MR imaging of soft-tissue masses: Diagnostic efficacy and value of distinguishing between benign and malignant lesions

J. S. Moulton, J. S. Blebea, D. M. Dunco, S. E. Braley, G. S. Bisset, K. H. Emery

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153 Scopus citations


OBJECTIVE. The purpose of this study was to evaluate the efficacy of MR imaging in predicting the pathologic diagnosis of soft-tissue masses, both neoplastic and nonneoplastic, and in distinguishing benign from malignant lesions. MATERIALS AND METHODS. The imaging features of 225 soft-tissue tumors (179 benign, 46 malignant) in 222 patients were analyzed. Univariate analysis of multiple individual imaging features was done, along with stepwise logistic regression analysis of combinations of imaging features, to determine how useful these are for predicting malignancy or benignity. A subjective (group consensus) analysis of each case was done prospectively, and each tumor was placed into one of three diagnostic categories: (1) benign, diagnostic of a specific entity; (2) nonspecific, most likely benign; or (3) nonspecific, most likely malignant. Results were compared with the final diagnosis established by pathologic examination (n = 184) or imaging/clinical data (n = 41). RESULTS. By quantitative analysis, no single imaging feature or combination of features could reliably be used to distinguish benign from malignant lesions. For the subjective analysis, a correct and specific benign diagnosis could be made on the basis of MR imaging findings in 100 (44%) of the 225 tumors. For the entire cohort, the sensitivity was 78%, the specificity was 89%, the positive predictive value was 65%, and the negative predictive value was 94% for a malignant diagnosis. When the diagnostic benign tumors were excluded, the specificity and negative predictive value decreased to 76% and 86%, respectively, whereas the sensitivity and positive predictive value remained the same. CONCLUSION. Many benign soft-tissue masses can be correctly and confidently diagnosed with MR imaging. The prevalence of benign lesions among soft-tissue masses accounts for the relatively high specificity and negative predictive value that can be achieved with MR imaging for tissue characterization. However, the accuracy of MR imaging declines when these characteristic benign tumors are excluded from analysis. A significant percentage of malignant lesions may appear deceptively 'benign' with the currently used criteria. For lesions whose imaging appearance is nonspecific, MR imaging is not reliable for distinguishing benign from malignant tumors, and these lesions warrant biopsy in most cases.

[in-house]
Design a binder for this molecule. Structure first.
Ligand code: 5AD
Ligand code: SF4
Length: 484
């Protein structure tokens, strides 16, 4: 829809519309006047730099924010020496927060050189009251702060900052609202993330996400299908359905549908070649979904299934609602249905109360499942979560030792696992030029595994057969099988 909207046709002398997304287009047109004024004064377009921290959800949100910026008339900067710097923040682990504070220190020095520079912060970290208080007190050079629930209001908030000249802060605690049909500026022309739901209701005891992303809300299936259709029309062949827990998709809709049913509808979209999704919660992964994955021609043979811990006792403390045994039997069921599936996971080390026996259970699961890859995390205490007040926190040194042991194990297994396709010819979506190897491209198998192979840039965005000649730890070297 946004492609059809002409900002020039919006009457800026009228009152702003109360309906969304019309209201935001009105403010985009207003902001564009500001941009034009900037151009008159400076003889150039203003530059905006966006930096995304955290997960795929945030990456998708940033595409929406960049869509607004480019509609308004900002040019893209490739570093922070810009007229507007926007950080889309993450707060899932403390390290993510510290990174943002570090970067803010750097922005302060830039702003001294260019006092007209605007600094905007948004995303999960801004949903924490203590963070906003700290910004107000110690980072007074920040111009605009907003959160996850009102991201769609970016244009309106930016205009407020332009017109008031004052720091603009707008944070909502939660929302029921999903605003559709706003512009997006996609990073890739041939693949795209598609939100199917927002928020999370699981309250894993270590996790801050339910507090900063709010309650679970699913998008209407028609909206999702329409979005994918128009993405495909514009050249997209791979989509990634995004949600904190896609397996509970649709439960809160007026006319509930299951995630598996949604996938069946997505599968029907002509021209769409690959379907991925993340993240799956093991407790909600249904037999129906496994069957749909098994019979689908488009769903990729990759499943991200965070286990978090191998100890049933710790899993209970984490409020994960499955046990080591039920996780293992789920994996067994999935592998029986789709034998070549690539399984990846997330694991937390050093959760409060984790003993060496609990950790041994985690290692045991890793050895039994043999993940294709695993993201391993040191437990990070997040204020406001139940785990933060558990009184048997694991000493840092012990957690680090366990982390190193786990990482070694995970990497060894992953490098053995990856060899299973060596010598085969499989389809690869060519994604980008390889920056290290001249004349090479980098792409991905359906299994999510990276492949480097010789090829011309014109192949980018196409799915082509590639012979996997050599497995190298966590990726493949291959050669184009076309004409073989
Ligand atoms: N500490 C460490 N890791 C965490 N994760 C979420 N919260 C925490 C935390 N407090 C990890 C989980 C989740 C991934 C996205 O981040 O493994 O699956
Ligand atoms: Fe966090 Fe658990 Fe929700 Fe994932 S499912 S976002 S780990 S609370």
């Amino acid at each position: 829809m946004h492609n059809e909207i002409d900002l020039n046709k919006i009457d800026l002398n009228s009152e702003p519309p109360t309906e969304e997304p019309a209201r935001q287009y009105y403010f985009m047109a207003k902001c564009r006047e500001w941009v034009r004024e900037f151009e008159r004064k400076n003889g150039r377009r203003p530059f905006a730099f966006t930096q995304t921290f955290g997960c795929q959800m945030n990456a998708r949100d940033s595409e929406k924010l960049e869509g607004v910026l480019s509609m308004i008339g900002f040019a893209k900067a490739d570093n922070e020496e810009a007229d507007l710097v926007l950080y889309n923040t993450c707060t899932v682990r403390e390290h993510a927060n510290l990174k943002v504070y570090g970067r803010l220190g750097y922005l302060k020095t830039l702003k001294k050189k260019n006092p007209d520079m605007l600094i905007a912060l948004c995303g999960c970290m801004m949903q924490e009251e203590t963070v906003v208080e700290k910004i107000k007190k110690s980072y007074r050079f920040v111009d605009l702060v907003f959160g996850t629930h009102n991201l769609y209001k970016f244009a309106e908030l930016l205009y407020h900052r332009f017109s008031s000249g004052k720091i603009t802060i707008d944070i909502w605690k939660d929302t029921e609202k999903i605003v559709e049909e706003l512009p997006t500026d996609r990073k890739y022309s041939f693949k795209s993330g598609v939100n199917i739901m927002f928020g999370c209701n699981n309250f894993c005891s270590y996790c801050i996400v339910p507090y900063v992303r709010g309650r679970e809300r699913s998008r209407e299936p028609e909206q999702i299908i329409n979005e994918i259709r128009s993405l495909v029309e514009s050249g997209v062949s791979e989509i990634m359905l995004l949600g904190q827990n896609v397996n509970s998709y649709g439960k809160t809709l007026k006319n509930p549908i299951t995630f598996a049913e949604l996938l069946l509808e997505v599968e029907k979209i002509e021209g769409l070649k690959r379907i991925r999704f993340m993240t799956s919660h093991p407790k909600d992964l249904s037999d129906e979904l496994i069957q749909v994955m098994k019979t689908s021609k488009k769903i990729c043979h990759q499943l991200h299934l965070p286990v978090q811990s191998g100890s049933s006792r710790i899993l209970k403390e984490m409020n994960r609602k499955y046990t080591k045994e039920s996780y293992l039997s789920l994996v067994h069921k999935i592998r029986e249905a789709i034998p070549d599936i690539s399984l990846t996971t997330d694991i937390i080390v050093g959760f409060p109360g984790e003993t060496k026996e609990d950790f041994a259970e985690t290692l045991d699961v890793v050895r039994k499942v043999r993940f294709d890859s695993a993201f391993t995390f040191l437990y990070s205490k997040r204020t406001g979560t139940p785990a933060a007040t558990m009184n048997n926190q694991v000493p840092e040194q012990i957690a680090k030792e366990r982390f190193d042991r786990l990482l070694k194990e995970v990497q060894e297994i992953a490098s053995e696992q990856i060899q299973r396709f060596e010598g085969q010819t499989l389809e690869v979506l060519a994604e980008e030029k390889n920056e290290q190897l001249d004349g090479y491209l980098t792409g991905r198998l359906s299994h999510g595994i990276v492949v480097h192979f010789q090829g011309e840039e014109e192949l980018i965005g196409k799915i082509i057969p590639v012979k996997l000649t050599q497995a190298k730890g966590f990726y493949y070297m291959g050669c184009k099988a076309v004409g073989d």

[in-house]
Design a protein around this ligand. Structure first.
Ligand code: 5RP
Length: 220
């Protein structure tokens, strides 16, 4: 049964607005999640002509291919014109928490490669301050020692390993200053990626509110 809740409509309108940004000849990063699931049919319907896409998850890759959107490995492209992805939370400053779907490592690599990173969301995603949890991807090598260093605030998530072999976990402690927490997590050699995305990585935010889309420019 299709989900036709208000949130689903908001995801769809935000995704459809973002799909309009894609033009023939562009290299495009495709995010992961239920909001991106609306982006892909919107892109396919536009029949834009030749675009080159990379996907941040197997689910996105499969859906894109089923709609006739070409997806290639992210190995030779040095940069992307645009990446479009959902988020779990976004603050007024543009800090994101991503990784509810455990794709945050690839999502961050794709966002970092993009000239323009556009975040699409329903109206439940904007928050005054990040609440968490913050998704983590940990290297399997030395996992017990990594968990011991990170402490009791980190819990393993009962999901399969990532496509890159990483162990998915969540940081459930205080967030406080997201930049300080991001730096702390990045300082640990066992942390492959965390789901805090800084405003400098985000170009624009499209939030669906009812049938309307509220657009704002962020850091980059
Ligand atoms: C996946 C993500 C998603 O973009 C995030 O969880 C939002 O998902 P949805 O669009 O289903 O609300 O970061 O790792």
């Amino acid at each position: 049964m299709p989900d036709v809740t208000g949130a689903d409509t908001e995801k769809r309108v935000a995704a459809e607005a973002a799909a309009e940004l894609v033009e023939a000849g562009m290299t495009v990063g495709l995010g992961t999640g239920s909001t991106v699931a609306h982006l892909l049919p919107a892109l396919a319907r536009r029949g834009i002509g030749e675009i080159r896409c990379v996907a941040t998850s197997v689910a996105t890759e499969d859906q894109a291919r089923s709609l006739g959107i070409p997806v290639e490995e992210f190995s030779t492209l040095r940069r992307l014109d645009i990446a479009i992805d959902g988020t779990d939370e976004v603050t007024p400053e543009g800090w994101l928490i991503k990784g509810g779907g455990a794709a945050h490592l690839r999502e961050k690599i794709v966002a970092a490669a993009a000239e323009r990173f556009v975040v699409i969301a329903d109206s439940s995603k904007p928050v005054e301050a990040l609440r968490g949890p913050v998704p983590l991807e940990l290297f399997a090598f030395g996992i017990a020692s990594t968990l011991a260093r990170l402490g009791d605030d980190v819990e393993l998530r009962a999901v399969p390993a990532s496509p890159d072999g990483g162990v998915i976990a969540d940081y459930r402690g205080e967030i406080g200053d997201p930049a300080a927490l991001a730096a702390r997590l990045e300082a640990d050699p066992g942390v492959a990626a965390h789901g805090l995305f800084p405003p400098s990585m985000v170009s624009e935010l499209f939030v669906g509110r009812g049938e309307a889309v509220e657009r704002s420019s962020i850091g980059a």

Original languageEnglish
Pages (from-to)1191-1199
Number of pages9
JournalAmerican Journal of Roentgenology
Issue number5
StatePublished - 1995


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